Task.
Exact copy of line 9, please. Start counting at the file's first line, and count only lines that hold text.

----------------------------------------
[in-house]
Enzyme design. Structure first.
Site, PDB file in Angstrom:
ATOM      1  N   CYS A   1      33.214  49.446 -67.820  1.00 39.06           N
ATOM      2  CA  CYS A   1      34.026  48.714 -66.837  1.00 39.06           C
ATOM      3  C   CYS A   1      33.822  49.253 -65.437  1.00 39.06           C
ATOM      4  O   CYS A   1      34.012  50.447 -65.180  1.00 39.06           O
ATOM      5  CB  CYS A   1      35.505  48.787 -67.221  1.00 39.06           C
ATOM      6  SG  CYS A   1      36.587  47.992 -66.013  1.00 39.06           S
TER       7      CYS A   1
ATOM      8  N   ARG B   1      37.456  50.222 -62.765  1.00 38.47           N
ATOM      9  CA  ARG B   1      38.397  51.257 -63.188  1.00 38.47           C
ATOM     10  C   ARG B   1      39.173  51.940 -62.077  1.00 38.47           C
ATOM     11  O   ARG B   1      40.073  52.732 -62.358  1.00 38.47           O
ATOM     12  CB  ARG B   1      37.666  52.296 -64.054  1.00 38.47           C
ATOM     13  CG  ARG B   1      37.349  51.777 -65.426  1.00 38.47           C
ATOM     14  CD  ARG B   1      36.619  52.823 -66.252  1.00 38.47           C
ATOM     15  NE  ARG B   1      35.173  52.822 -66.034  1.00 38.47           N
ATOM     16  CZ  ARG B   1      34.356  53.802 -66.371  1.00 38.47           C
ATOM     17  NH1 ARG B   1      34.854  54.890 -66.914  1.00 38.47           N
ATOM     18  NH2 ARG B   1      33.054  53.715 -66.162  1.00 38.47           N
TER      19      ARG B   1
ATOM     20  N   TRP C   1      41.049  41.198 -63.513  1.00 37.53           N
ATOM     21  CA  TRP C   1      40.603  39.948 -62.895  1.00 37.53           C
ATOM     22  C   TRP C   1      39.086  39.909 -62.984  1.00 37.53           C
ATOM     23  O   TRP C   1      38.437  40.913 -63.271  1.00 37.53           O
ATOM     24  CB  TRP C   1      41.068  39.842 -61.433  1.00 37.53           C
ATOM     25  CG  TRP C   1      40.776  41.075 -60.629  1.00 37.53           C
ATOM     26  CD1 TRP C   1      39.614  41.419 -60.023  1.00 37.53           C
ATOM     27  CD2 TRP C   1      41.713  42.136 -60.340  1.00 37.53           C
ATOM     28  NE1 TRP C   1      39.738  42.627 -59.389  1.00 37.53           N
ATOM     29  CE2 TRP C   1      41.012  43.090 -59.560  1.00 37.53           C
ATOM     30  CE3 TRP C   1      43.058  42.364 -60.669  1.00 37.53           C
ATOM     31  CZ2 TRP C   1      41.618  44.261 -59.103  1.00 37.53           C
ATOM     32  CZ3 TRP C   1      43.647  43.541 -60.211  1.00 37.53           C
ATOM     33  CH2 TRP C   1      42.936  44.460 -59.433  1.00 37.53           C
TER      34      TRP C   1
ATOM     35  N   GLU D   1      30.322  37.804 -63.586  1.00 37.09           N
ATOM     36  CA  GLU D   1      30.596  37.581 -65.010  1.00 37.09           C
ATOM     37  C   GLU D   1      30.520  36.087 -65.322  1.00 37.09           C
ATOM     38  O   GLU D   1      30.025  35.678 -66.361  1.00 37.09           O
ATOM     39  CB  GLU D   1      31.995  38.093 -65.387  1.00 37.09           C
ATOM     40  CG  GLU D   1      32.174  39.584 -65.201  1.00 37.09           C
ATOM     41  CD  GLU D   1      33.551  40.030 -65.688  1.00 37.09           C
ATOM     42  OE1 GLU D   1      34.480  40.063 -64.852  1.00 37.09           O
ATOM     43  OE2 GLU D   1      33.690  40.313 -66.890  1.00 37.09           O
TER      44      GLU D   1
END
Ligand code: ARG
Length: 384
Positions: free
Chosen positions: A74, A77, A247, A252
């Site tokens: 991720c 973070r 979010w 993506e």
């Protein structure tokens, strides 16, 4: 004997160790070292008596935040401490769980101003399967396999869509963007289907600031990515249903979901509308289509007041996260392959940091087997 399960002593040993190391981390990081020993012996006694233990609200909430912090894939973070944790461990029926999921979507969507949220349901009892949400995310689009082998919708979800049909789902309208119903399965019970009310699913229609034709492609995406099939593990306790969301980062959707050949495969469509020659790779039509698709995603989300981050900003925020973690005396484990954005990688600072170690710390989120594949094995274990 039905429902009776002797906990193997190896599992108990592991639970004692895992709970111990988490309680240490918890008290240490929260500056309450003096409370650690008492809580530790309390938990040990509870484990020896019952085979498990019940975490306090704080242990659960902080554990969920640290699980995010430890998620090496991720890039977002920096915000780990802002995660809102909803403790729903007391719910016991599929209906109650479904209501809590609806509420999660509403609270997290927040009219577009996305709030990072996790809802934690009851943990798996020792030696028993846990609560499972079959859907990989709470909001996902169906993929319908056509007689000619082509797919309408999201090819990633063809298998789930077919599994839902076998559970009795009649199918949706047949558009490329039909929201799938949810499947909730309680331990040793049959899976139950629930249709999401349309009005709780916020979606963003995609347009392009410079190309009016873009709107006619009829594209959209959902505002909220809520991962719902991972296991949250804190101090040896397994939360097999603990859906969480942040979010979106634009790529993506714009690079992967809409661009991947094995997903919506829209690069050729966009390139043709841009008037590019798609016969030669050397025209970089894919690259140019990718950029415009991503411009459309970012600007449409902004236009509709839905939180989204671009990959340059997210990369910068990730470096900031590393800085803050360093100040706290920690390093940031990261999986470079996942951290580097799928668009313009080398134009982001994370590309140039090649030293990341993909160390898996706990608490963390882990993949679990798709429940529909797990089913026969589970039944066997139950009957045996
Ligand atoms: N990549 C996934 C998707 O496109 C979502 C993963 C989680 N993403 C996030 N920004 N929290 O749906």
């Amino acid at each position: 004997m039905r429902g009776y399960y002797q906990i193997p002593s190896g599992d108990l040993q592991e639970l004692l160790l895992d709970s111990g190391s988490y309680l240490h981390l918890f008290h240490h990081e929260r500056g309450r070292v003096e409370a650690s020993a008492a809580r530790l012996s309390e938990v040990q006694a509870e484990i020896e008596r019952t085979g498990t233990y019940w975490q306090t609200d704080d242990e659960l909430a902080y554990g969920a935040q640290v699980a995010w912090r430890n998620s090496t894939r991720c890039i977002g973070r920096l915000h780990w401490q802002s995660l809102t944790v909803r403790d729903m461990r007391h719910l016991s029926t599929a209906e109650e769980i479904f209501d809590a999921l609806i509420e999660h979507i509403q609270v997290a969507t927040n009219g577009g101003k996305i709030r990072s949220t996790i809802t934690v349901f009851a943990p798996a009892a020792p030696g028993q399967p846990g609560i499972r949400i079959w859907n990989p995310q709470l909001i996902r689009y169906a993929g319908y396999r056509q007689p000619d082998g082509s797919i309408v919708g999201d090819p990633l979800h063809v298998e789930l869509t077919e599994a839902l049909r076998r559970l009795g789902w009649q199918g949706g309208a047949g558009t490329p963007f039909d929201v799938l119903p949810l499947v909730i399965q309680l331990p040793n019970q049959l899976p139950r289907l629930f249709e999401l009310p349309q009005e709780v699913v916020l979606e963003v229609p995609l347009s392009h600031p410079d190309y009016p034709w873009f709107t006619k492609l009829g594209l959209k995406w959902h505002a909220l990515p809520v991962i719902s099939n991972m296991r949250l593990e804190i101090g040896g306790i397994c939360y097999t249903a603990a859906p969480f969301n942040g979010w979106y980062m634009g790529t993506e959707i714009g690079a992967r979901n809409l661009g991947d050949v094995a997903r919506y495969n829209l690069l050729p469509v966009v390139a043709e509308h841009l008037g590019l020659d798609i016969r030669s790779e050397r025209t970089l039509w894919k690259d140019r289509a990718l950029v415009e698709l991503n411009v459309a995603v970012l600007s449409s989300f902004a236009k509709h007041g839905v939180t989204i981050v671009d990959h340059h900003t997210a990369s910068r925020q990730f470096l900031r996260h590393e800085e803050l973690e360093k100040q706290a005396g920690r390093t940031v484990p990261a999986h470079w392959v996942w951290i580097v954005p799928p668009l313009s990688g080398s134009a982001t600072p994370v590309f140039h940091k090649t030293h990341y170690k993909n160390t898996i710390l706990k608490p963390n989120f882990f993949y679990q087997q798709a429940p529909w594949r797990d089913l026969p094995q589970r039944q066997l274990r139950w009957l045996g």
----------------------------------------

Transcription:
ATOM      6  SG  CYS A   1      36.587  47.992 -66.013  1.00 39.06           S